You have built terrain, tunnel, covered it with plaster-cloth and incorporated various rocks casting for your model train layouts. Now you are ready for painting rocks and coloring your scenery foundation. Painting these formations makes your model train layouts something recognizable.
So feel some excitement on your mind? This is the only platform to be artistic without having any talent (at least in this article). I will suggest painting foundation first, then rocks. You can do as your wish.
Painting the foundation
If you’ve got coated most of your parcel with plaster material, in all probability you would like to color your foundation with some neutral tan color simply to hide the white plaster. You don’t need white peeking then a little tan pigment peeks the bottom cowl that’s okay.
Don’t be upset to blend other colors in a different area of your model train layouts. For example – brownish green color, darker brown or gray may be more appropriate for the different area of your model train layouts. Some color variation makes your layout more attractive and realistic. Although much of the foundation will be covered later by ground cover.
May be more appropriate for the different area of your model train layouts. Some color variation makes your layout more attractive and realistic. Although much of the foundation will be covered later by ground cover.
To make a painting on rocks first you need several washes, in separate containers, using very small amounts of acrylic paint with a large amount of water. In the following read carefully, I will write details.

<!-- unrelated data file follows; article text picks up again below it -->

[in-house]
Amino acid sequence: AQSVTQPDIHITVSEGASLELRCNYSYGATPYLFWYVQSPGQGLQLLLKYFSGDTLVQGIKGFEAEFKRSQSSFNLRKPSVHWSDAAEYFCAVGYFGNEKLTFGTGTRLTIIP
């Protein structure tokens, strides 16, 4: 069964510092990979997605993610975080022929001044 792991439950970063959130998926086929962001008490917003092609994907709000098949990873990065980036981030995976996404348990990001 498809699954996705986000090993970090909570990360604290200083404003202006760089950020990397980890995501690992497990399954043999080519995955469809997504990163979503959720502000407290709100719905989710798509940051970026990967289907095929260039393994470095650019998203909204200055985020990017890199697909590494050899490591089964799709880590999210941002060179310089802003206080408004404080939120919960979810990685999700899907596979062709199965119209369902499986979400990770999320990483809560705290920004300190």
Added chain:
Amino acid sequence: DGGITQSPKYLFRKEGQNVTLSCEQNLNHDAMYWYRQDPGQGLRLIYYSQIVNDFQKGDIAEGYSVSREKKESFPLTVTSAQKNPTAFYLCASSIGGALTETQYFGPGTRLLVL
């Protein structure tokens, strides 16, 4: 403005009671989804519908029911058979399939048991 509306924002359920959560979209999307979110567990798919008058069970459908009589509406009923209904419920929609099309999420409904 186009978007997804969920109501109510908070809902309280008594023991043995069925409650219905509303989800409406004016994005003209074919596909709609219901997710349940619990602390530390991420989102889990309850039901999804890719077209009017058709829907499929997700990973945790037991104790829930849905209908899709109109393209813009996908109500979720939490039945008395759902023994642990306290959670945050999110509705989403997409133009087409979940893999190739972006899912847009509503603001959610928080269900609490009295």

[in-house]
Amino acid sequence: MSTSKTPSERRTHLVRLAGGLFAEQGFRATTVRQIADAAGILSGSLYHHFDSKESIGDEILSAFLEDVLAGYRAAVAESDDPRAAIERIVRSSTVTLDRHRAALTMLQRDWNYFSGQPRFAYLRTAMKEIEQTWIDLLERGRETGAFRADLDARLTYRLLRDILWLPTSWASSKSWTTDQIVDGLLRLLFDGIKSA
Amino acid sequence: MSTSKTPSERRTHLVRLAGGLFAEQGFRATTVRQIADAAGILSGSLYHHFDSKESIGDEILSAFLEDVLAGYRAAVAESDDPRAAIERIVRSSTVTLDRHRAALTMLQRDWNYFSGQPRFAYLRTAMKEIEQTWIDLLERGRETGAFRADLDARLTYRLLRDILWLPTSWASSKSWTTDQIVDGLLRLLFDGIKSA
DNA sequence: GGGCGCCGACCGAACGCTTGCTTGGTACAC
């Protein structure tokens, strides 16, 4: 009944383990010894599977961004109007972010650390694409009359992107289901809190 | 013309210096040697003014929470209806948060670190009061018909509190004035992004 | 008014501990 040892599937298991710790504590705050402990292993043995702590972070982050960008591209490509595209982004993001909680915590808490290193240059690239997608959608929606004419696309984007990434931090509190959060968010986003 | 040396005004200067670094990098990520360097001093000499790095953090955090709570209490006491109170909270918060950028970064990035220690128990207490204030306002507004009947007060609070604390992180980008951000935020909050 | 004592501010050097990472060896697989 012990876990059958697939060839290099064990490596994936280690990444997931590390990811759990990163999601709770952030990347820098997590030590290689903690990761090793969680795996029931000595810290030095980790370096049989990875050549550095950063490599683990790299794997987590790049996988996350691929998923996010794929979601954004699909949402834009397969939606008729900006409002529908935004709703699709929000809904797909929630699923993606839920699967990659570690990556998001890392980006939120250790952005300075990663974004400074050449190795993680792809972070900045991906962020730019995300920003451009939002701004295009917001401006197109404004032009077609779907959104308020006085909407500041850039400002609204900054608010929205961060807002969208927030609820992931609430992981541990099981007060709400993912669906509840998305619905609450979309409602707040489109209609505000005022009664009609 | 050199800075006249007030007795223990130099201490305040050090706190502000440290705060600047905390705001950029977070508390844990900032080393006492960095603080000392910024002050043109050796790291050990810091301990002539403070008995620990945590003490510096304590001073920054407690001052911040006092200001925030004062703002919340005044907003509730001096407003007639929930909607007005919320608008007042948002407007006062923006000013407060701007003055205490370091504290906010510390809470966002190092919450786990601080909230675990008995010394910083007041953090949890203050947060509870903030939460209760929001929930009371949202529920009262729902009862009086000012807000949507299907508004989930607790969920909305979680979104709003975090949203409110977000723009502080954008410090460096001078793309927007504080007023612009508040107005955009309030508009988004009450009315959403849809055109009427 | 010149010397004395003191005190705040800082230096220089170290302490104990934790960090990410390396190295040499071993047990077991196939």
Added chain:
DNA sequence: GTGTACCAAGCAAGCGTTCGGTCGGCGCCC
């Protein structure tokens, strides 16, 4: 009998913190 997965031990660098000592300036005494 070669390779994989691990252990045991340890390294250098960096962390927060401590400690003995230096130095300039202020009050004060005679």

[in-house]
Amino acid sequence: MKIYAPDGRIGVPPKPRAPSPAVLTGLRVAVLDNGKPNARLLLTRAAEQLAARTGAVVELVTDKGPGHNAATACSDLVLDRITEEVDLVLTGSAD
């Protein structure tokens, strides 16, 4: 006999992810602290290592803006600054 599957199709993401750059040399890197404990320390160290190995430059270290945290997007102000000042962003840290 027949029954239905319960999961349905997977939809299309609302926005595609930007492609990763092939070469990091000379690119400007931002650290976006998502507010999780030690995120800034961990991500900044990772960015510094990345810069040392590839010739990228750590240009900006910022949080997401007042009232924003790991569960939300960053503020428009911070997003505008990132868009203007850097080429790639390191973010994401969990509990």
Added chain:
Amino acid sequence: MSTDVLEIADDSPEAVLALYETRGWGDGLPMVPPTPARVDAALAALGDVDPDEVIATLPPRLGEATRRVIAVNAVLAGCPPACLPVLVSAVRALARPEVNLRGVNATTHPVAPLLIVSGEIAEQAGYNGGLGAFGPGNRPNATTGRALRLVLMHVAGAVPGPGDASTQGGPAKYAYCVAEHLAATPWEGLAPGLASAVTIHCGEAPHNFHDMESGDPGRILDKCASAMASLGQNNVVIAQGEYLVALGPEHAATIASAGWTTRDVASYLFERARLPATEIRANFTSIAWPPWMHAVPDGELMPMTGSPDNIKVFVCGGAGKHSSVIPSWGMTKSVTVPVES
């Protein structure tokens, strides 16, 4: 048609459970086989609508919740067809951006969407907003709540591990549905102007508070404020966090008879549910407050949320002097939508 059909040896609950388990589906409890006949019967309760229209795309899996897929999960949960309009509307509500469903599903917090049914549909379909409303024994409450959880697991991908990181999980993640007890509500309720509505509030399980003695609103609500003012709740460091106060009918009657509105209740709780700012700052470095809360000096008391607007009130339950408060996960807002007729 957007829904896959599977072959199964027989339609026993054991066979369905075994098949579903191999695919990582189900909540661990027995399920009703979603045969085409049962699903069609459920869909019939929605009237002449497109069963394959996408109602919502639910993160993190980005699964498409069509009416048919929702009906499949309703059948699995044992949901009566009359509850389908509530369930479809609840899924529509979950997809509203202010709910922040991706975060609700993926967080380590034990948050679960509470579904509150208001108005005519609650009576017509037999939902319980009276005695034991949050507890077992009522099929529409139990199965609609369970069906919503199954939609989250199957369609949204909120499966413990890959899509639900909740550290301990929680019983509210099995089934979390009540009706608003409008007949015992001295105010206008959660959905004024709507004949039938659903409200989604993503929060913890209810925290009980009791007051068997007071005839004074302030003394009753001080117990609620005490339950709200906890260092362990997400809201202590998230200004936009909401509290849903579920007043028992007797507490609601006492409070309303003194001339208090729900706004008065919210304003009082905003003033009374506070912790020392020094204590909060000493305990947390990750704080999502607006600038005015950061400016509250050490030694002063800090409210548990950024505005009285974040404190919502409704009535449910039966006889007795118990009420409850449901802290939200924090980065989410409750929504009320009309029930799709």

- Use 1part paint mixed with 16 parts water for burnt umber, concrete, stone gray, yellow ocher and white acrylic paints.
- Use the 1part liquid to 32parts water for black, raw umber and slate gray.
Use washes in this process. The use of washes in painting rocks is forgiving. You can make all kinds of mistakes and don’t be the worry. You are going to a process to get an excellent result.
This time you are ready to paint the rocks for your model train layouts. Dip the brush into the wash, apply the wash to different areas of your rocks. Don’t paint the whole rock in one color. Painting a spot here and a spot there is called “leopard spot” method. If you have other rocks or rocks wall to be painted, do the same thing.
Now rinse out your brush in a very instrumentality of plain water and work with constant method. now dabbing the color on completely different areas of the rock or wall. If the colors run along, that’s okay. They must mix in along anyway.
Now advance to a special color and do constant issue, and so on, till all the white areas of the plaster rock or formation are lined.
Your rocks area unit in all probability still too light-weight in color, therefore you’ll have to be compelled to continue the method, repetition a number of the colors and mixing them in until you get the correct shade that appears realistic.